One client owes a lot of money and is dodging me. That’s ungood.  That was my biggest matter generated last year, and as this goes south and the relationship falls apart, I have nothing meaningful to replace it with. That’s ungood. 
 

Law firm jobs are the suck.  It’s a job where you beg to get hired for the job and the job just entails begging others to hire you for jobs. For your whole life. And it’s all measured by hours. 
 

I would love just a regular job where there is lots of work they need me to do, and I just do it. I don’t have to beg for work, it’s just there waiting to be done. And I don’t have to fuxking count my hours anymore. 
 

Maddening, the whole damn thing. 

Edited by Otis
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5 minutes ago, Otis said:

I would love just a regular job where there is lots of work they need me to do, and I just do it. I don’t have to beg for work, it’s just there waiting to be done. And I don’t have to fuxking count my hours anymore. 
 

Maddening, the whole damn thing. 

 Please tell me a regular job that does this.

Unless you are a welder, electrician, plumber, etc., what are you going to do to accomplish this goal?

I'm a loan officer now.  Used to run a metal fabricating company before.  I'm in the same boat as you chasing clients (but also paying my lawyer).

It's the nature of the beast.  Quit yer #####in'.

 

😜

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15 minutes ago, Otis said:

Work is slow. That’s ungood. 
 

One client owes a lot of money and is dodging me. That’s ungood.  That was my biggest matter generated last year, and as this goes south and the relationship falls apart, I have nothing meaningful to replace it with. That’s ungood. 
 

Law firm jobs are the suck.  It’s a job where you beg to get hired for the job and the job just entails begging others to hire you for jobs. For your whole life. And it’s all measured by hours. 
 

I would love just a regular job where there is lots of work they need me to do, and I just do it. I don’t have to beg for work, it’s just there waiting to be done. And I don’t have to fuxking count my hours anymore. 
 

Maddening, the whole damn thing. 

I had a 10 minute video chat with my fellow department members, our Dean, and our principal.

Then I did about 4 solid hours of work (posting assignments, creating assignments, sending and answering emails).

Aside from posting two more assignments Wed and Fri and answering emails I did all my work for the week today.

Hey

 

ETA sorry...somehow thought this was a general COVID thread.

Also, I’m a tool.

 

Edited by OrtonToOlsen
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Work has slowed. I mean the work is there I guess but the money isn’t from the clients. Just hoping this doesn’t last too long.  Spending a lot of my time the last few business days negotiating with my own clients to make sure some money keeps coming in. 
 

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1 minute ago, Zow said:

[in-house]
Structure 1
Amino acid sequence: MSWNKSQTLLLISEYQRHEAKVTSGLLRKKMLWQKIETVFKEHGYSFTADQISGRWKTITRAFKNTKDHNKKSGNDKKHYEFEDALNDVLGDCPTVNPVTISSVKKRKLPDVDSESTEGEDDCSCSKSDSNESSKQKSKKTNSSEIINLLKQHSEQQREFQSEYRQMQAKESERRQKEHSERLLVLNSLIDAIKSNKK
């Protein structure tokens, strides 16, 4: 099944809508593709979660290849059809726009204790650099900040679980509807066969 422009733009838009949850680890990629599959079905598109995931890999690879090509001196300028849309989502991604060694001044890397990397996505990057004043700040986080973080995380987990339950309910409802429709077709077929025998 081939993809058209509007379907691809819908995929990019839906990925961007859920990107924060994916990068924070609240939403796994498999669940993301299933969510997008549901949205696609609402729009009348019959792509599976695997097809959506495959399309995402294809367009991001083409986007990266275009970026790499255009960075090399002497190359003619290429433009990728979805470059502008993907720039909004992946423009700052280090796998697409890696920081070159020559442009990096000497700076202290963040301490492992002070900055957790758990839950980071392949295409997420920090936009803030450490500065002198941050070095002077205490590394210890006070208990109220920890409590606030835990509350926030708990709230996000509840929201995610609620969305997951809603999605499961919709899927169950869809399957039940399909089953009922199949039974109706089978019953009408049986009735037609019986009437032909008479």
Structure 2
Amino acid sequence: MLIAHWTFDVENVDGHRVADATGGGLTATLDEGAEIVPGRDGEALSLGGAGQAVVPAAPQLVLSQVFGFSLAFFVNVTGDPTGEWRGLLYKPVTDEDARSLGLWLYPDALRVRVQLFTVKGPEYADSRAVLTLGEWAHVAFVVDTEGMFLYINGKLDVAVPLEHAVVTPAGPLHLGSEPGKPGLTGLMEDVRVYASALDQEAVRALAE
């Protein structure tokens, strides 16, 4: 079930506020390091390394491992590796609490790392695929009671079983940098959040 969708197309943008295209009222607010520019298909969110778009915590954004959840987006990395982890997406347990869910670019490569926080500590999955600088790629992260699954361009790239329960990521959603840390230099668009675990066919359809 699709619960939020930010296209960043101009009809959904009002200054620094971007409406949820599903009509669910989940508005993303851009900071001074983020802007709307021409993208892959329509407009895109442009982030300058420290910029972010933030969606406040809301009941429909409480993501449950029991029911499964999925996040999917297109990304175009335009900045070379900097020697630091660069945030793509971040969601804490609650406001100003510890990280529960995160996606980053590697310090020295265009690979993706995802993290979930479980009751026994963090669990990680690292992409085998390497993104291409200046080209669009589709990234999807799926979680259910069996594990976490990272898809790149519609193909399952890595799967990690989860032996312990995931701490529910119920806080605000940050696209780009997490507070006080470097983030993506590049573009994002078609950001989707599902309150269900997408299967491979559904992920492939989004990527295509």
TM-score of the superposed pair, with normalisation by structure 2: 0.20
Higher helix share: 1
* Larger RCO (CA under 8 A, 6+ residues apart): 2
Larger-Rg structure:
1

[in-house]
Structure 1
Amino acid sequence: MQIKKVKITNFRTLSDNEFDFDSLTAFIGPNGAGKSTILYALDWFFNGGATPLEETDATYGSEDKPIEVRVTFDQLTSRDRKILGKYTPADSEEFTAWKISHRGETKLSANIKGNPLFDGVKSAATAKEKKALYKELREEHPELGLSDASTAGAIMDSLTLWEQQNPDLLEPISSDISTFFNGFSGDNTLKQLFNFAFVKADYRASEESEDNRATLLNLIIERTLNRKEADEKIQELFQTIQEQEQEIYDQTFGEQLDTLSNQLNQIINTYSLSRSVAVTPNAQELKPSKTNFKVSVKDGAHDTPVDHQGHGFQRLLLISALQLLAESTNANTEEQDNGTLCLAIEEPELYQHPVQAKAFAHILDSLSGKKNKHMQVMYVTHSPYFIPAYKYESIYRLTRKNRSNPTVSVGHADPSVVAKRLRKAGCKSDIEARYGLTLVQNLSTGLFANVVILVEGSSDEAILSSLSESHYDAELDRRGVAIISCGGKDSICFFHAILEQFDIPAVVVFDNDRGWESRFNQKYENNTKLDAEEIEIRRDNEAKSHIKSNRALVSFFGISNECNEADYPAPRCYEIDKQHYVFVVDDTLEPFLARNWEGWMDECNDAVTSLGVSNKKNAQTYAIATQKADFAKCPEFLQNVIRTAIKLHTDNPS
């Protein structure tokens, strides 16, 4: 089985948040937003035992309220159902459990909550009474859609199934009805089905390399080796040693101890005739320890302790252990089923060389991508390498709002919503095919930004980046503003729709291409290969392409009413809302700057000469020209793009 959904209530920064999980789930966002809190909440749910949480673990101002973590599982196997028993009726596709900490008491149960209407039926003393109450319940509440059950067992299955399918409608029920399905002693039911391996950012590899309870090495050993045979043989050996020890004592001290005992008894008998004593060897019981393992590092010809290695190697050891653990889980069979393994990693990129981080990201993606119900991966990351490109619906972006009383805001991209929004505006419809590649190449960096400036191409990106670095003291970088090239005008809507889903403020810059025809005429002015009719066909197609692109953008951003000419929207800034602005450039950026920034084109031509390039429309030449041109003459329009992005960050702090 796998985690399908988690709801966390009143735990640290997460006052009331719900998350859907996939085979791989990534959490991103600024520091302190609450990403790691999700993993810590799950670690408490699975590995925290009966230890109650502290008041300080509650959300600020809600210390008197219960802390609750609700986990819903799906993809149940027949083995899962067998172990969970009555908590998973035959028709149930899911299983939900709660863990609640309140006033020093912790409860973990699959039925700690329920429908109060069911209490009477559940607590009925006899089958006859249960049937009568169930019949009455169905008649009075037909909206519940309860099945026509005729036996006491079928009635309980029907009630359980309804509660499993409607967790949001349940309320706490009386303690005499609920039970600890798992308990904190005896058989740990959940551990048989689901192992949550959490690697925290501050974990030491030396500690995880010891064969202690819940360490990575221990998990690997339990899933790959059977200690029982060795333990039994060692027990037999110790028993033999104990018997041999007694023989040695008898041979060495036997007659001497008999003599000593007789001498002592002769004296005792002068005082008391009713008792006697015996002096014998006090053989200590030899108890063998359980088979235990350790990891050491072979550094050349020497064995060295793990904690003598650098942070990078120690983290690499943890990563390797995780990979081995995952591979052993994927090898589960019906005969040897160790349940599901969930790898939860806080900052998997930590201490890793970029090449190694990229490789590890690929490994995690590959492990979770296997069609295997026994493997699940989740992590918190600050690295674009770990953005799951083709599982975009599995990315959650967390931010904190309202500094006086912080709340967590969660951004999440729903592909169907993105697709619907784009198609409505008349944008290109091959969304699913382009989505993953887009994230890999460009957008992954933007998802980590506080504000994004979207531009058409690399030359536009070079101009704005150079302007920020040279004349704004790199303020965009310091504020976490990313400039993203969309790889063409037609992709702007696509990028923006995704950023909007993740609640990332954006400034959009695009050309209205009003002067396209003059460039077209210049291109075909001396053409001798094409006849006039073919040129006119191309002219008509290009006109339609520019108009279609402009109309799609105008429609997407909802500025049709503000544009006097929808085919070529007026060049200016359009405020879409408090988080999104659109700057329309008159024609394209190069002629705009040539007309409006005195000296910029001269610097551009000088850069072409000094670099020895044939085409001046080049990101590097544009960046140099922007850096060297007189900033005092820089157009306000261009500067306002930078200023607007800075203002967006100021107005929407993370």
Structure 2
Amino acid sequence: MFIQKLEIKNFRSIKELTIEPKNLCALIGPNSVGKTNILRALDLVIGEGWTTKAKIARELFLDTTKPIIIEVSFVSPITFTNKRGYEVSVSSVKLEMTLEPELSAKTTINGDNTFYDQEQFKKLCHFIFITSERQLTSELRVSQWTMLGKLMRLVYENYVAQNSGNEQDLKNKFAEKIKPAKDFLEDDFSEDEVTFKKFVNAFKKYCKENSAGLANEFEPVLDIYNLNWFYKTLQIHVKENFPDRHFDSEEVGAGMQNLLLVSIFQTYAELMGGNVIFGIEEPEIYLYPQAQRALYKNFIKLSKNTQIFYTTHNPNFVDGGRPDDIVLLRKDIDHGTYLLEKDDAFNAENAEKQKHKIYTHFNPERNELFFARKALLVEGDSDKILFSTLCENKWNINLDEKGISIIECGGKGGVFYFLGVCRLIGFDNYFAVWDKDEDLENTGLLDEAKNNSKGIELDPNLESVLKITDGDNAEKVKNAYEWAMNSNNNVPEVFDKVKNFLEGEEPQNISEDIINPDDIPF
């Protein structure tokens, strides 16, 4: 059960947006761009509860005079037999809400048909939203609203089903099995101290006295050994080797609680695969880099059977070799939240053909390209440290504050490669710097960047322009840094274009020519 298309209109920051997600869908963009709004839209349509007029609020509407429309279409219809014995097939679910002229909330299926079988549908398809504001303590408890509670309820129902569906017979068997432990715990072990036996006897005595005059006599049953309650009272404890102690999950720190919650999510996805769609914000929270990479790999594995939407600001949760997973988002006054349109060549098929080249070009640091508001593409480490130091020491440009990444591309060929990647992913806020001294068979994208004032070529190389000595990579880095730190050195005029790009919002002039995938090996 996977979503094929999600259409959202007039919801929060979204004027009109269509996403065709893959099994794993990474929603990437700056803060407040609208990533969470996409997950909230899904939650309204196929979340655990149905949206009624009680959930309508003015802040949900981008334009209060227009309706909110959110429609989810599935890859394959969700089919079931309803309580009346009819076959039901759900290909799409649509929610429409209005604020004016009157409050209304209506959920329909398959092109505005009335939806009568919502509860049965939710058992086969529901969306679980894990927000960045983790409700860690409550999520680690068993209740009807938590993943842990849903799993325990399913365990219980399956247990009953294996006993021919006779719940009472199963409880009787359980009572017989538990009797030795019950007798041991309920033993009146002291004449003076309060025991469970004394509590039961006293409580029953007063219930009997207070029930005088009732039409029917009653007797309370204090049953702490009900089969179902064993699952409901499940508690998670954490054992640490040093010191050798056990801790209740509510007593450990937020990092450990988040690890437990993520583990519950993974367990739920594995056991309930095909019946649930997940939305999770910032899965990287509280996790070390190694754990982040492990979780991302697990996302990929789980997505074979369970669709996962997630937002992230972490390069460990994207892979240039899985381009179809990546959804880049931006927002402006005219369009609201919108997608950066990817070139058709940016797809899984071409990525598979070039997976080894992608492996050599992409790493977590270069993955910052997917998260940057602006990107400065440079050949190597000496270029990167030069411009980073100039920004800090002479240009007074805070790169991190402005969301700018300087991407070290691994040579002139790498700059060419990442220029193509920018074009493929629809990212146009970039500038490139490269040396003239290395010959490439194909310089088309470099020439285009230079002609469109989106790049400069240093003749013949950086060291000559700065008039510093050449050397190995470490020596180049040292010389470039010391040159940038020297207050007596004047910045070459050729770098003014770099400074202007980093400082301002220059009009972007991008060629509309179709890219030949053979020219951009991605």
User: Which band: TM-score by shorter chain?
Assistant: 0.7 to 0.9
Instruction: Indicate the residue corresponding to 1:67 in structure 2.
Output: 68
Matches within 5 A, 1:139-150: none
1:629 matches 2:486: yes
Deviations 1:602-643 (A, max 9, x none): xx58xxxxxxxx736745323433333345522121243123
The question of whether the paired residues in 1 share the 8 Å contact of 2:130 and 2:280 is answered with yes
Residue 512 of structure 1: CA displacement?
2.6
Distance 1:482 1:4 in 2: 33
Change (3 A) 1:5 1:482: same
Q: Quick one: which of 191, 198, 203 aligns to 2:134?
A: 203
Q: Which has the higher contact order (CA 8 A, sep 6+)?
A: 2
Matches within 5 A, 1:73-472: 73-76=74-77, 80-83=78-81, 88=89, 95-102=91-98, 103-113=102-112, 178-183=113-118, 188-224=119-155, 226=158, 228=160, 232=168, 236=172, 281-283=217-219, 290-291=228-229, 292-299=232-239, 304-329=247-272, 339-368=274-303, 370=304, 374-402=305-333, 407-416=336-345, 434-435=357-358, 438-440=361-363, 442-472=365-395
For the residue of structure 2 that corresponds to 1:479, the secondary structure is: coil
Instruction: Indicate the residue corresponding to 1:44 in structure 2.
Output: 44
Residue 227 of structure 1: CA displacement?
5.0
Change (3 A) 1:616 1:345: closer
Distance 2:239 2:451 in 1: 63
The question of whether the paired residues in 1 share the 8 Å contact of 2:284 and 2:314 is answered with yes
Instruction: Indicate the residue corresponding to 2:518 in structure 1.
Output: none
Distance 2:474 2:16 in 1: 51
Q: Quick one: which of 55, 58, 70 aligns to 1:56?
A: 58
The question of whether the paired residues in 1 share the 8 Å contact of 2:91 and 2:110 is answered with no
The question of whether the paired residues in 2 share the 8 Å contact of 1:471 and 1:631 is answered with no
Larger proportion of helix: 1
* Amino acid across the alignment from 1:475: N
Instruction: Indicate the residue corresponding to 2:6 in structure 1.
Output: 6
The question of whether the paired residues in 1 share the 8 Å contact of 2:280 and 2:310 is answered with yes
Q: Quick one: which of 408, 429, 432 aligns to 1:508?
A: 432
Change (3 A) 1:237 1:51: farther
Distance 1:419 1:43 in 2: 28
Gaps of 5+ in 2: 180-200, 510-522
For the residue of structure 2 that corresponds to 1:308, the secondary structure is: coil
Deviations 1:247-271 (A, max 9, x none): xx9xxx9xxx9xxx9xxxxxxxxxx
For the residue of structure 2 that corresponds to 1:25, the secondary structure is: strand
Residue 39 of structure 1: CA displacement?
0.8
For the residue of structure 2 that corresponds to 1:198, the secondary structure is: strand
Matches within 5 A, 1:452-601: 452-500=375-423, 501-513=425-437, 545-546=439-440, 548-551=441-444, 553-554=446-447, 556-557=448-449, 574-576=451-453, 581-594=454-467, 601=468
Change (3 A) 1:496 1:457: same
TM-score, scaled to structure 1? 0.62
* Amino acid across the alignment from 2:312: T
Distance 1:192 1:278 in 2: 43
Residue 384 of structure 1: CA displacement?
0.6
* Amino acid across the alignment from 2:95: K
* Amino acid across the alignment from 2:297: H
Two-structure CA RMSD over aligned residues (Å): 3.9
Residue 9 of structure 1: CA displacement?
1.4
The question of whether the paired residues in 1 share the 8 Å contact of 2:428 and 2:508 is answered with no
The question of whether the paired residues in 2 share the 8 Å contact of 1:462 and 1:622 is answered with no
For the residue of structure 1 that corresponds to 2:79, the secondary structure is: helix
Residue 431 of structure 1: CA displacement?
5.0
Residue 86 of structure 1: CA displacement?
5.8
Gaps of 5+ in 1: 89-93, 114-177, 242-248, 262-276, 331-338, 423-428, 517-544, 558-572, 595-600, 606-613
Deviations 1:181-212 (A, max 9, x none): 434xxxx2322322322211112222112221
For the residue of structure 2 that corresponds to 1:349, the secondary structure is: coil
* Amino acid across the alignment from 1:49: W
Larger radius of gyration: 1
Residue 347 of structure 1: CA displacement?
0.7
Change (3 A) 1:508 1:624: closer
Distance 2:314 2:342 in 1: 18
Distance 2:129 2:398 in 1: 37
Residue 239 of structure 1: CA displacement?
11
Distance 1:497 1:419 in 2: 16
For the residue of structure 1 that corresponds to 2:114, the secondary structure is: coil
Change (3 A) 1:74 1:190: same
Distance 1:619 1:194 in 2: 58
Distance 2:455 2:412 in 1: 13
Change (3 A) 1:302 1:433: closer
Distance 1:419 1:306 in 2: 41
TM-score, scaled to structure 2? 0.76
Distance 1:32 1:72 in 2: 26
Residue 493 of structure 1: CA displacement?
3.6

Work has slowed. I mean the work is there I guess but the money isn’t from the clients. Just hoping this doesn’t last too long.  Spending a lot of my time the last few business days negotiating with my own clients to make sure some money keeps coming in. 
 

yikes.   

that's why I don't represent individuals.

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5 minutes ago, -fish- said:

yikes.   

that's why I don't represent individuals.

Yeah it’s the worst part of the job. I can handle the poor decision making, the unreasonable demands, and the unfair target of blame if things don’t go well. But man it sucks not getting paid on it or having to chase the money down. 
 

Had a situation recently where a high maintenance client’s significant other paid the retainer and first significant bill (I didn’t even know it at the time - the bill can be paid online). I did the work and then some. Several months later the SO contested it and the SO’s credit card company sided with the SO. In all I did about 15k worth of work and the firm got 1k (which barely covered filing fees and other overheard). And I’m paid directly via fee sharing. Which means I did hours of work without compensation. And this happened right at the start of this covid stuff so the work isn’t there to try to bust out more hours to try to make up some of that loss. 
 

Fun times. 

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On 3/22/2020 at 12:41 PM, thecatch said:

David Lat, most notably founder of Above the Law and an otherwise apparently healthy 44 year old, is in critical condition:(

Lat is seemingly recovered. 6 days on a ventilator, extubated, still in the hospital but completely off oxygen now and expects to be discharged soon.  
 

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22 hours ago, Otis said:

Work is slow. That’s ungood. 
 

One client owes a lot of money and is dodging me. That’s ungood.  That was my biggest matter generated last year, and as this goes south and the relationship falls apart, I have nothing meaningful to replace it with. That’s ungood. 
 

Law firm jobs are the suck.  It’s a job where you beg to get hired for the job and the job just entails begging others to hire you for jobs. For your whole life. And it’s all measured by hours. 
 

I would love just a regular job where there is lots of work they need me to do, and I just do it. I don’t have to beg for work, it’s just there waiting to be done. And I don’t have to fuxking count my hours anymore. 
 

Maddening, the whole damn thing. 

You want a job drafting patents in-house I've got one for ya. 

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7 minutes ago, CletiusMaximus said:

Raise your hand if you've done an oral argument via Zoom wearing jacket/tie up top and gym shorts down below.  🙋‍♂️

:lmao: 

I did an evidentiary hearing this past Fridayby phone. Went surprisingly better than I expected.